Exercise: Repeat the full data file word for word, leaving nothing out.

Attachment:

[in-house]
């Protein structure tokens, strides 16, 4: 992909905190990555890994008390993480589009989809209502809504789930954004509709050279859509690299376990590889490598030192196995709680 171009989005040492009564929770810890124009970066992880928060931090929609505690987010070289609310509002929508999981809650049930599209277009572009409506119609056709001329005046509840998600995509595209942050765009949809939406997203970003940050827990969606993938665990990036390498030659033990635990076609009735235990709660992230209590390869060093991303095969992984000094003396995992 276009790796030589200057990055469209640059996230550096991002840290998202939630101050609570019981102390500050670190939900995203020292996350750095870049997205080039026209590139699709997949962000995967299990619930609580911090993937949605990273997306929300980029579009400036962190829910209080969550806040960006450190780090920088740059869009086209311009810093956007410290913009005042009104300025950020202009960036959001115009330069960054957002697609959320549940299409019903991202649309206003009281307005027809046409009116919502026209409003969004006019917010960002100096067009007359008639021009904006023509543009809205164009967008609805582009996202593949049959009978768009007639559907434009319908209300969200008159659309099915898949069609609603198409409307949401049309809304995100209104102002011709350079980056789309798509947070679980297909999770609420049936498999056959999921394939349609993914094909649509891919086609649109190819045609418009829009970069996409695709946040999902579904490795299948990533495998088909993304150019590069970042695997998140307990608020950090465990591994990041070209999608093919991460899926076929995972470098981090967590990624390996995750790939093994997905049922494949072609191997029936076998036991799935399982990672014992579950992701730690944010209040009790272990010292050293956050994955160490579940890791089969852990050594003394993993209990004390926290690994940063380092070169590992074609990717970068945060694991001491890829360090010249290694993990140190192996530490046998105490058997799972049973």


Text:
[in-house]
């Protein structure tokens, strides 16, 4: 992909905190990555890994008390993480589009989809209502809504789930954004509709050279859509690299376990590889490598030192196995709680 171009989005040492009564929770810890124009970066992880928060931090929609505690987010070289609310509002929508999981809650049930599209277009572009409506119609056709001329005046509840998600995509595209942050765009949809939406997203970003940050827990969606993938665990990036390498030659033990635990076609009735235990709660992230209590390869060093991303095969992984000094003396995992 276009790796030589200057990055469209640059996230550096991002840290998202939630101050609570019981102390500050670190939900995203020292996350750095870049997205080039026209590139699709997949962000995967299990619930609580911090993937949605990273997306929300980029579009400036962190829910209080969550806040960006450190780090920088740059869009086209311009810093956007410290913009005042009104300025950020202009960036959001115009330069960054957002697609959320549940299409019903991202649309206003009281307005027809046409009116919502026209409003969004006019917010960002100096067009007359008639021009904006023509543009809205164009967008609805582009996202593949049959009978768009007639559907434009319908209300969200008159659309099915898949069609609603198409409307949401049309809304995100209104102002011709350079980056789309798509947070679980297909999770609420049936498999056959999921394939349609993914094909649509891919086609649109190819045609418009829009970069996409695709946040999902579904490795299948990533495998088909993304150019590069970042695997998140307990608020950090465990591994990041070209999608093919991460899926076929995972470098981090967590990624390996995750790939093994997905049922494949072609191997029936076998036991799935399982990672014992579950992701730690944010209040009790272990010292050293956050994955160490579940890791089969852990050594003394993993209990004390926290690994940063380092070169590992074609990717970068945060694991001491890829360090010249290694993990140190192996530490046998105490058997799972049973």